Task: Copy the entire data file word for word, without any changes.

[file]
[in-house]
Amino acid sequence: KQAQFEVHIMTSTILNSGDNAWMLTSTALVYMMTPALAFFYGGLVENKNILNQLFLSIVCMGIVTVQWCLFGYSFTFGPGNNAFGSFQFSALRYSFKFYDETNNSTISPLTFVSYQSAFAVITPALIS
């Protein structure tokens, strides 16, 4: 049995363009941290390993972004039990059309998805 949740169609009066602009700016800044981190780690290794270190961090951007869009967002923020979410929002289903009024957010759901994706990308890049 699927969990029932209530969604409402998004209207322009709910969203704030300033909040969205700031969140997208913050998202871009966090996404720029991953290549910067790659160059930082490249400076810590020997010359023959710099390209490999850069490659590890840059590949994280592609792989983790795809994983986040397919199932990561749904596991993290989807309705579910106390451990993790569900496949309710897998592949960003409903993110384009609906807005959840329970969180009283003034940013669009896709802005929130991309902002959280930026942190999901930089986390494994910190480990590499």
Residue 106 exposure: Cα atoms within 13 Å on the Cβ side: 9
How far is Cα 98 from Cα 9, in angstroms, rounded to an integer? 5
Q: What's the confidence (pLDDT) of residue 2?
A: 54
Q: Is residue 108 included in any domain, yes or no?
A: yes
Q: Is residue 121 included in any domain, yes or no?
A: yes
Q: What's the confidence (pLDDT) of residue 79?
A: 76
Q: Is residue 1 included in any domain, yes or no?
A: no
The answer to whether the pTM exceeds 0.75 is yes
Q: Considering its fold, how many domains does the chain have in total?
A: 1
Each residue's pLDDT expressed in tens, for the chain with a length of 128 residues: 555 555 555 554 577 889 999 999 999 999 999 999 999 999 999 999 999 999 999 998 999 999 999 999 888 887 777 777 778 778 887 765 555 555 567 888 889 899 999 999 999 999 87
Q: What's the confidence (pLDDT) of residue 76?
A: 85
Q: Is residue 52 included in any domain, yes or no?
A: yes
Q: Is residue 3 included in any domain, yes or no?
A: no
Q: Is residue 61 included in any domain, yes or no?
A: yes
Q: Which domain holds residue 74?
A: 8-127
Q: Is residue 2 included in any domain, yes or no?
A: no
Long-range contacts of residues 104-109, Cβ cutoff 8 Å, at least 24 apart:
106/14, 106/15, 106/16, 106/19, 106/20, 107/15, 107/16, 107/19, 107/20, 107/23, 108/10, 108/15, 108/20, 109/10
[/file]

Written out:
[in-house]
Amino acid sequence: KQAQFEVHIMTSTILNSGDNAWMLTSTALVYMMTPALAFFYGGLVENKNILNQLFLSIVCMGIVTVQWCLFGYSFTFGPGNNAFGSFQFSALRYSFKFYDETNNSTISPLTFVSYQSAFAVITPALIS
């Protein structure tokens, strides 16, 4: 049995363009941290390993972004039990059309998805 949740169609009066602009700016800044981190780690290794270190961090951007869009967002923020979410929002289903009024957010759901994706990308890049 699927969990029932209530969604409402998004209207322009709910969203704030300033909040969205700031969140997208913050998202871009966090996404720029991953290549910067790659160059930082490249400076810590020997010359023959710099390209490999850069490659590890840059590949994280592609792989983790795809994983986040397919199932990561749904596991993290989807309705579910106390451990993790569900496949309710897998592949960003409903993110384009609906807005959840329970969180009283003034940013669009896709802005929130991309902002959280930026942190999901930089986390494994910190480990590499």
Residue 106 exposure: Cα atoms within 13 Å on the Cβ side: 9
How far is Cα 98 from Cα 9, in angstroms, rounded to an integer? 5
Q: What's the confidence (pLDDT) of residue 2?
A: 54
Q: Is residue 108 included in any domain, yes or no?
A: yes
Q: Is residue 121 included in any domain, yes or no?
A: yes
Q: What's the confidence (pLDDT) of residue 79?
A: 76
Q: Is residue 1 included in any domain, yes or no?
A: no
The answer to whether the pTM exceeds 0.75 is yes
Q: Considering its fold, how many domains does the chain have in total?
A: 1
Each residue's pLDDT expressed in tens, for the chain with a length of 128 residues: 555 555 555 554 577 889 999 999 999 999 999 999 999 999 999 999 999 999 999 998 999 999 999 999 888 887 777 777 778 778 887 765 555 555 567 888 889 899 999 999 999 999 87
Q: What's the confidence (pLDDT) of residue 76?
A: 85
Q: Is residue 52 included in any domain, yes or no?
A: yes
Q: Is residue 3 included in any domain, yes or no?
A: no
Q: Is residue 61 included in any domain, yes or no?
A: yes
Q: Which domain holds residue 74?
A: 8-127
Q: Is residue 2 included in any domain, yes or no?
A: no
Long-range contacts of residues 104-109, Cβ cutoff 8 Å, at least 24 apart:
106/14, 106/15, 106/16, 106/19, 106/20, 107/15, 107/16, 107/19, 107/20, 107/23, 108/10, 108/15, 108/20, 109/10